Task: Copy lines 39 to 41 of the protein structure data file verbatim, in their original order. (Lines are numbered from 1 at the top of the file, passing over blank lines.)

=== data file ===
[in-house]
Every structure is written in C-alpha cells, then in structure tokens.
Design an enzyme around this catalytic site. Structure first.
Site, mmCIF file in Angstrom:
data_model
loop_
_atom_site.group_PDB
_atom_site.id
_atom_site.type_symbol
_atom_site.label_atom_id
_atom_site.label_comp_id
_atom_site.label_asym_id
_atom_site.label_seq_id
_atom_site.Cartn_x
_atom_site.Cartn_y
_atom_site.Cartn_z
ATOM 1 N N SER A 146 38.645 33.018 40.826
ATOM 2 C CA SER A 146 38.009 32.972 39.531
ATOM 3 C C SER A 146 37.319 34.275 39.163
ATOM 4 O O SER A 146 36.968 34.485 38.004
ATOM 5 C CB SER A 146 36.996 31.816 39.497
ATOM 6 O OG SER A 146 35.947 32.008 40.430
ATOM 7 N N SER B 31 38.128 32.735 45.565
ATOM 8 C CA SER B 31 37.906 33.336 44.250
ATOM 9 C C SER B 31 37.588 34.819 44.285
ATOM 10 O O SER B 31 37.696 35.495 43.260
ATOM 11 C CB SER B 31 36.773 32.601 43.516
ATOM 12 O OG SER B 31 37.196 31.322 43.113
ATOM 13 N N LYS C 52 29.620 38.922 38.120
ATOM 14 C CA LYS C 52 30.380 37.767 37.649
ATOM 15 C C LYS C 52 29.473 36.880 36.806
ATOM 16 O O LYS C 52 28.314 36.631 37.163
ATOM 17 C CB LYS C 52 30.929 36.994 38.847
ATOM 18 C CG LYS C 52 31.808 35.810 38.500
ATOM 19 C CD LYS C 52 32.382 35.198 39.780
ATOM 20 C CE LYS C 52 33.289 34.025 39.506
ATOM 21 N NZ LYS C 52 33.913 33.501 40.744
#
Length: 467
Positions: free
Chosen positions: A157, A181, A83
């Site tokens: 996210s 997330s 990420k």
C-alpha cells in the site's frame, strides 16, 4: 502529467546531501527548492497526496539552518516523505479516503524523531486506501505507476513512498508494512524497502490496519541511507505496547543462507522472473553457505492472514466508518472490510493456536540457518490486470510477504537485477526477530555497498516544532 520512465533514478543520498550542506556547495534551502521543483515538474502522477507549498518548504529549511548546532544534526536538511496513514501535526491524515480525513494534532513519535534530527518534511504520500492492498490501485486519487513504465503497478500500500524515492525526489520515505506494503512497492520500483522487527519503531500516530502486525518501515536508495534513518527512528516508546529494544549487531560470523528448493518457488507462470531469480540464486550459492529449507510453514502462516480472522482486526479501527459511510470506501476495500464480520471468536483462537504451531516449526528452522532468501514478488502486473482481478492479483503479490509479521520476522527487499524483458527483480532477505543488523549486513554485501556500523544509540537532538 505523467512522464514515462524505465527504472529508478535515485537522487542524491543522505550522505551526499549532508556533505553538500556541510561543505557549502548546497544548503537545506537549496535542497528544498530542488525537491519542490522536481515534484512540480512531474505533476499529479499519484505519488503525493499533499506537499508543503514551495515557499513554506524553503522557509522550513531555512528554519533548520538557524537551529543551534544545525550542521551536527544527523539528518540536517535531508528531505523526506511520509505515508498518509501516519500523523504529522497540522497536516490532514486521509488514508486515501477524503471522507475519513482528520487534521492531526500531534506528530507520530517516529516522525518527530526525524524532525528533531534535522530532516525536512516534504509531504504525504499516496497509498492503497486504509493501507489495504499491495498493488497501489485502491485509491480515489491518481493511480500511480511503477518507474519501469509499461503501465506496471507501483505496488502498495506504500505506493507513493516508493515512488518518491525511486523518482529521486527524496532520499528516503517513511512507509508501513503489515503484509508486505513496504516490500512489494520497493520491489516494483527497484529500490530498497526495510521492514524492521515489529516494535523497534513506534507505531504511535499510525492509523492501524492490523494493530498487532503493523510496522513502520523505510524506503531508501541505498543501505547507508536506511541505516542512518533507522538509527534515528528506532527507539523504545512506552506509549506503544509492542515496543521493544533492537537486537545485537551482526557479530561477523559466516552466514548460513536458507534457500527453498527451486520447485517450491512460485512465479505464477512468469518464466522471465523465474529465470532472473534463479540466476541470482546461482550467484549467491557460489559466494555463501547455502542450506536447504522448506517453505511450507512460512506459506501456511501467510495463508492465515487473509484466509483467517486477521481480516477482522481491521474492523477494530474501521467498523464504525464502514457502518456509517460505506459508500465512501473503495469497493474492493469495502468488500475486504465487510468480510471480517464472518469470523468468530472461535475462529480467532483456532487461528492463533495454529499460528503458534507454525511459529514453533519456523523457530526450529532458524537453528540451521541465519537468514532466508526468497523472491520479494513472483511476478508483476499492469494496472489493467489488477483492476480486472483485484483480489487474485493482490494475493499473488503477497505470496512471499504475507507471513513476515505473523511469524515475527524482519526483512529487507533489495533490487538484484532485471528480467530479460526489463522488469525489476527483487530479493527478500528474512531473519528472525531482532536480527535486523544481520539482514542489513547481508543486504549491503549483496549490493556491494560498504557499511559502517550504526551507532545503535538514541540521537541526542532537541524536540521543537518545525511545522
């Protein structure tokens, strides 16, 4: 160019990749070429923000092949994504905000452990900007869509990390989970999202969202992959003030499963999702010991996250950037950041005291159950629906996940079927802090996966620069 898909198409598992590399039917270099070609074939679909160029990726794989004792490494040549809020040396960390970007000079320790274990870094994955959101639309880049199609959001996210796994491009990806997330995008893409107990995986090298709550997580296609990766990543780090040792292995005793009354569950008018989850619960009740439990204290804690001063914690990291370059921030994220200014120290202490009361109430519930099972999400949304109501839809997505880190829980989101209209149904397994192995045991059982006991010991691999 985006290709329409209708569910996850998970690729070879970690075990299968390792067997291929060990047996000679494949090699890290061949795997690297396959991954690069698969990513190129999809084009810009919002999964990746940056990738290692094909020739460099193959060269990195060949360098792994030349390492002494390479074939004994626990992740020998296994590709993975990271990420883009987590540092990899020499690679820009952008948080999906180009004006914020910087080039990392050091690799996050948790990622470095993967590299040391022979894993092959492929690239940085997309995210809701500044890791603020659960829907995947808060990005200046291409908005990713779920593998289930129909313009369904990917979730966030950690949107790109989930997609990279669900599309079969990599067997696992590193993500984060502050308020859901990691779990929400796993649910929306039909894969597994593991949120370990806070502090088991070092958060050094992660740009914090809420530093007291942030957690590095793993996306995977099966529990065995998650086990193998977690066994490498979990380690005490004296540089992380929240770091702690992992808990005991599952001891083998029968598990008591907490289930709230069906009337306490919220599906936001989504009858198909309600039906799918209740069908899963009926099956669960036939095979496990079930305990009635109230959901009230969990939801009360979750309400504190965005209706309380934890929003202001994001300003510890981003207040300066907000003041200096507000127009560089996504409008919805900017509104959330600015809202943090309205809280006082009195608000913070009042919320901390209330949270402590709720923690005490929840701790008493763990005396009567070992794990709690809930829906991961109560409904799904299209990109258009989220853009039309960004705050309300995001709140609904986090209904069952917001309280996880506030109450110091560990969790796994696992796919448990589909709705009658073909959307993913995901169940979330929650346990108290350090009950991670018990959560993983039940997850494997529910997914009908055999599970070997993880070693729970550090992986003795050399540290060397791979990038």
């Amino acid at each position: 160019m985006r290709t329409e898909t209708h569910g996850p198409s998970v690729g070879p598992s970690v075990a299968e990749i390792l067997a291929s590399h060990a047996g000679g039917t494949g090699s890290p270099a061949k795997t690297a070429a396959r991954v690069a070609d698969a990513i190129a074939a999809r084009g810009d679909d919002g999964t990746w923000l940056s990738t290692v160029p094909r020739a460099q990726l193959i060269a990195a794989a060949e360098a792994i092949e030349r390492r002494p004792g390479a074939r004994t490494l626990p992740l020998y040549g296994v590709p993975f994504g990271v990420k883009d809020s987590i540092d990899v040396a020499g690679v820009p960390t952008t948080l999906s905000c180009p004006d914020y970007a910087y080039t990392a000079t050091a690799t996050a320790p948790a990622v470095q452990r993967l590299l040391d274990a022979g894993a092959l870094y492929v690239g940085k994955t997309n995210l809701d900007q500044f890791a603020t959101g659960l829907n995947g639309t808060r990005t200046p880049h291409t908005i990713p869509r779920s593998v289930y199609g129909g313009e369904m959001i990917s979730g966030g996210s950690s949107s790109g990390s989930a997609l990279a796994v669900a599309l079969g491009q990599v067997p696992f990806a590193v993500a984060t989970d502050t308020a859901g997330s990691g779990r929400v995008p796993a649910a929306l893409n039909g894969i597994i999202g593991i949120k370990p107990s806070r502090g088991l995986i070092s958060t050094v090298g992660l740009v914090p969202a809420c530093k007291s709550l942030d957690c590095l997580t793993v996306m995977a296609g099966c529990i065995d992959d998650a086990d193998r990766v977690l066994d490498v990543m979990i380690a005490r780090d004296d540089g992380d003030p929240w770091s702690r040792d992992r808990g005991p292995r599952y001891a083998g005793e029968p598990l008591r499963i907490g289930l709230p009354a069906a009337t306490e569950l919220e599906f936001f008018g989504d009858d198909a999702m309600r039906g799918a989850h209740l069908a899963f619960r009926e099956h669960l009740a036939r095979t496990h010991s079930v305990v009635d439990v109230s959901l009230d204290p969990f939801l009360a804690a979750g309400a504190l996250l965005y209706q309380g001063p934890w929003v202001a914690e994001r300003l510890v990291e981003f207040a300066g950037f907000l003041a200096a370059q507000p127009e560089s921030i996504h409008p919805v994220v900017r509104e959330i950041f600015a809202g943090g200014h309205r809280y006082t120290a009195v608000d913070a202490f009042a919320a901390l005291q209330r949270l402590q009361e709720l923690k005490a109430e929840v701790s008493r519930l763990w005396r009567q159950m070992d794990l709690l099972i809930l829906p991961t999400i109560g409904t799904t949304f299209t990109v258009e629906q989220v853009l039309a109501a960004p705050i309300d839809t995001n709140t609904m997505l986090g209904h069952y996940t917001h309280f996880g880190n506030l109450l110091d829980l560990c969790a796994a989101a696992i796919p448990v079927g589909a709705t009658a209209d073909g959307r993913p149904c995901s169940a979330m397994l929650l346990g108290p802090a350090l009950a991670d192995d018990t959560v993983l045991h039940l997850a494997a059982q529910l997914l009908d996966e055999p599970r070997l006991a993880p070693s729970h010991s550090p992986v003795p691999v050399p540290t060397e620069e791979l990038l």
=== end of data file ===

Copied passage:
Length: 467
Positions: free
Chosen positions: A157, A181, A83